Little Izwick, Big World
“May your lantern always swing left.” That’s the best they could muster. As if an object can swing in only one direction, and since that isn’t the right direction, the accused should somehow feel ashamed. The halflings of Candlewood are many things… industrious, handy, possessing great acumen, kind, semi-communist. Actually, three of those things are more or less identical, and that should paint a portrait of their closed society, one that young Izwick Bolfador so deeply despised. Why must all insults involve dangling lanterns, trees, and mist? For a markedly creative society, the people of Candlewood seem incapable of looking beyond town limits. I suppose one can hardly blame them, seeing as most residents have never traveled the single road leading out of town, and since contact with wandering wizards is usually restricted to eavesdropping on the wizards’ cryptic and drunken musings and later demanding the bar tab. Even the name of the town seemed like an obvious misnomer to Izwick. Yes, the trees are bright like candles, the limbs sinking under the weight of countless lanterns of assorted size and shape. But the fuel for each is an inextinguishable pine-resin, not a waxy candle. It would be quite cumbersome to change and relight candles given the sheer quantity of lanterns. A traveler might remark on the wonderful whimsy of a glowing town, but Izwick never understood the fetish, and the light pollution kept him up at night.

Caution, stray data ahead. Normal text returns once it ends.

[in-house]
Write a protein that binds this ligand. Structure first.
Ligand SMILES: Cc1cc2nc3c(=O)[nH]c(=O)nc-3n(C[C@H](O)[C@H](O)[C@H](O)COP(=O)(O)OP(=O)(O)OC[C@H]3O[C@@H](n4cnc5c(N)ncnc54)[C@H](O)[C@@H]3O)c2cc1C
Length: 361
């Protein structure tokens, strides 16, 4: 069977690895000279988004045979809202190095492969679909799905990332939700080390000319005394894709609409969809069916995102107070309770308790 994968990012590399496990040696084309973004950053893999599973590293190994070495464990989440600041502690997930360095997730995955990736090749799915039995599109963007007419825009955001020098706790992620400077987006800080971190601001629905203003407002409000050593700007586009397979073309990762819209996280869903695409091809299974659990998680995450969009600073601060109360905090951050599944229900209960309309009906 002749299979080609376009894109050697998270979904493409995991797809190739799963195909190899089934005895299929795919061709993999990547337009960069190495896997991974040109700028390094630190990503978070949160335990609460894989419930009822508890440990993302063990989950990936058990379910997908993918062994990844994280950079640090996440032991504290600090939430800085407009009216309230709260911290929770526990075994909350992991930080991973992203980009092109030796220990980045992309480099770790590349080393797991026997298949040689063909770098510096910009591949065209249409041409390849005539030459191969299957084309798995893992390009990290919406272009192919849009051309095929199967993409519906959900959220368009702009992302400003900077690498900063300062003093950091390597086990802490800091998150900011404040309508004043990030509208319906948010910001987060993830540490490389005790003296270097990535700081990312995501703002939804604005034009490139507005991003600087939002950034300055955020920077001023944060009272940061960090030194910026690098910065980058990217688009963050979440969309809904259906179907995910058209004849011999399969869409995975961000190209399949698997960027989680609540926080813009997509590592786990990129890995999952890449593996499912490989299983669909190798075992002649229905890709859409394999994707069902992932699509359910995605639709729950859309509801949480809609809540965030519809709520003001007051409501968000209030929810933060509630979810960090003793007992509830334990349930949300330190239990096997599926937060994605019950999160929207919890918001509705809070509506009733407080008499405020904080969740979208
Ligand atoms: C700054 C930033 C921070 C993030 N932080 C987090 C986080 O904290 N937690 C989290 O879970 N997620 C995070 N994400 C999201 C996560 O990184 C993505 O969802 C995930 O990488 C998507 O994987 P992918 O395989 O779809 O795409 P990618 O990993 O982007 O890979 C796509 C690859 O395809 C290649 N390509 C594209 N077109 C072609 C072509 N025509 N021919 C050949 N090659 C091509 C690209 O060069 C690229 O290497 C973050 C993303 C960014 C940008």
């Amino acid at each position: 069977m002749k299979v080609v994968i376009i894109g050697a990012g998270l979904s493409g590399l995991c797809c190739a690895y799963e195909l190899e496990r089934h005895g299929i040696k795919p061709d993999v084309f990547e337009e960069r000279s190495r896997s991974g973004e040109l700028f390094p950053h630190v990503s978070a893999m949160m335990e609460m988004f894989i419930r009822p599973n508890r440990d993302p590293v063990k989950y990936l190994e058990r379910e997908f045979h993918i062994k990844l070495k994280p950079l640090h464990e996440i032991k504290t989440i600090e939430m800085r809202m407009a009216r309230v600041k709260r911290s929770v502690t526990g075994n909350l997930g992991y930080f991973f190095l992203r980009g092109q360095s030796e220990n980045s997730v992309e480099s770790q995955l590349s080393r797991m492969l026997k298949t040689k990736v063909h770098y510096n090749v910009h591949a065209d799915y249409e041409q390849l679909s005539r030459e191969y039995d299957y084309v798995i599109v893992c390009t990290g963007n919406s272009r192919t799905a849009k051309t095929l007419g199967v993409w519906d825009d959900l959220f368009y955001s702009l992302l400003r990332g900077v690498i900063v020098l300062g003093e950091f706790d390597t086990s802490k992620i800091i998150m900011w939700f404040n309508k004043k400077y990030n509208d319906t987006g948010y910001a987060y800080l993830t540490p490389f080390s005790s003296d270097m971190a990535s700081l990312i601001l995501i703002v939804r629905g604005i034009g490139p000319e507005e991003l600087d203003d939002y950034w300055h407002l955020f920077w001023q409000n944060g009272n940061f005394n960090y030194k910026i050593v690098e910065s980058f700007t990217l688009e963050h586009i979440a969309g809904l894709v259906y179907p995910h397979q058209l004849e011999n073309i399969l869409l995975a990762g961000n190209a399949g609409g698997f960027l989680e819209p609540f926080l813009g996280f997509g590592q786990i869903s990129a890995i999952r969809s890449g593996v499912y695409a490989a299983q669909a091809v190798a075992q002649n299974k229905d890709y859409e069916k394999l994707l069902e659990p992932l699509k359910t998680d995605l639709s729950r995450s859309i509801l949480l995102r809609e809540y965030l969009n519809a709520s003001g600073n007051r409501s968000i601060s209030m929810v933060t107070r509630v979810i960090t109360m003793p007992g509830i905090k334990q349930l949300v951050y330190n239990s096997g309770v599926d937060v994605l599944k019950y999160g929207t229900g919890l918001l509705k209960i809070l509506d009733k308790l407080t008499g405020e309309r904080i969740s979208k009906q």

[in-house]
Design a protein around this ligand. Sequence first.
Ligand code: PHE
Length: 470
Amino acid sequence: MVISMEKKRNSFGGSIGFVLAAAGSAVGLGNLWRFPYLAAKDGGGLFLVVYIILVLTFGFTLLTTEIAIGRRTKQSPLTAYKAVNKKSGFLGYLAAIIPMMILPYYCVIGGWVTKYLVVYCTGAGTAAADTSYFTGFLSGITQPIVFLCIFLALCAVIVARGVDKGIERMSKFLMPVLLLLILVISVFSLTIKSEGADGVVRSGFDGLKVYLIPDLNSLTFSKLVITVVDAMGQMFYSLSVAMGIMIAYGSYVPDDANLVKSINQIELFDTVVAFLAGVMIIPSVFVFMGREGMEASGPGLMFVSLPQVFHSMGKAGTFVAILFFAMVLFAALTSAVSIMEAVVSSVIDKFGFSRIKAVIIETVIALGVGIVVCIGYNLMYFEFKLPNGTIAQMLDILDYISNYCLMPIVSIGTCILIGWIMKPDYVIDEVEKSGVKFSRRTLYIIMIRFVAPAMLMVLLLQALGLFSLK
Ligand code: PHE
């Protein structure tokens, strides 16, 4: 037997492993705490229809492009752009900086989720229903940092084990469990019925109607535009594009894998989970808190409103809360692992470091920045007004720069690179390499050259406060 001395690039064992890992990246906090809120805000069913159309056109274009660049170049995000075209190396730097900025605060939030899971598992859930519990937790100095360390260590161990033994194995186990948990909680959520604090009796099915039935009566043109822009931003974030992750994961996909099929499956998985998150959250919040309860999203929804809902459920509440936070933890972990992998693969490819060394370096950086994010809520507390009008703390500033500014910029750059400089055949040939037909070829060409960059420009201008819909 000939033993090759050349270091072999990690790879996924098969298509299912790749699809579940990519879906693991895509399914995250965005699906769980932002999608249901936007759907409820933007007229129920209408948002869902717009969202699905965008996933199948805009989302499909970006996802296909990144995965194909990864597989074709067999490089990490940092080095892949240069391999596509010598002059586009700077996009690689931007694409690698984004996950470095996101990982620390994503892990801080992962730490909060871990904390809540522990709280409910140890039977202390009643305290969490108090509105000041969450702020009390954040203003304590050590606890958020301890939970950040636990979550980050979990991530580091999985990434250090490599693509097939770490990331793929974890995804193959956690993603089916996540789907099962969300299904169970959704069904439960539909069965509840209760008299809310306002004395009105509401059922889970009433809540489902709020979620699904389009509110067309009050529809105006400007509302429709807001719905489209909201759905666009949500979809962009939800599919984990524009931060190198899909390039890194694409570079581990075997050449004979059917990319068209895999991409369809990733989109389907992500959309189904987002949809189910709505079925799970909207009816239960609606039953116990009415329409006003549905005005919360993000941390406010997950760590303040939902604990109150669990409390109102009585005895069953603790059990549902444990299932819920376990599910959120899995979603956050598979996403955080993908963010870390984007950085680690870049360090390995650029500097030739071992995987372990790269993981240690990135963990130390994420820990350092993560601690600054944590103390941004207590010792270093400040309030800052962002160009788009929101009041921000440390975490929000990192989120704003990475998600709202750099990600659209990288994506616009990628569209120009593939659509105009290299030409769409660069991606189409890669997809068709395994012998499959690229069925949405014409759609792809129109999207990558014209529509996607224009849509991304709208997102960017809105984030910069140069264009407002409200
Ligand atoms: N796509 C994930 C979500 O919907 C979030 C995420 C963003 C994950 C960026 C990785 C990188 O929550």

The Bolfador clan, like all families in insular Candlewood, is large and growing. Young halflings are practically running out of options when it comes to hobbit-wives (hobbit is a fanciful name that Izwick invented for “simple” halflings). Back to the point, there is the issue of accidental inbreeding, and Izwick always carries a 5-fold copy of the family tree before, as the hobbits say, climbing the tree to hang the lantern. Daddy Bolfador and Mrs. Bolfador, an odd but customary distinction, raised Izwick as heir apparent to the GoodSap brewing company, the best regarded ale house in Candlewood. Izwick’s ten younger siblings gladly accept their subservience to Izwick, a life of long hours sweeping cellars, balancing books, and making honest excuses for Izwick’s chronic dishonesty. Izwick longs for some old-fashioned sibling rivalry, to get into a drunken fistfight over primogeniture before he runs the business into the ground. Of course, Izwick plans to escape Candlewood before he reaches the age of 40, the point at which his apprenticeship ends and the real responsibilities kick in. In one twisted fantasy, Izwick imagines starting his own business, a bitter-root distillery like the one his ancestor Grumble Bolfador owned in the dark ages before the invention of pine-resin, when Candlewood was fittingly named Grimgrove.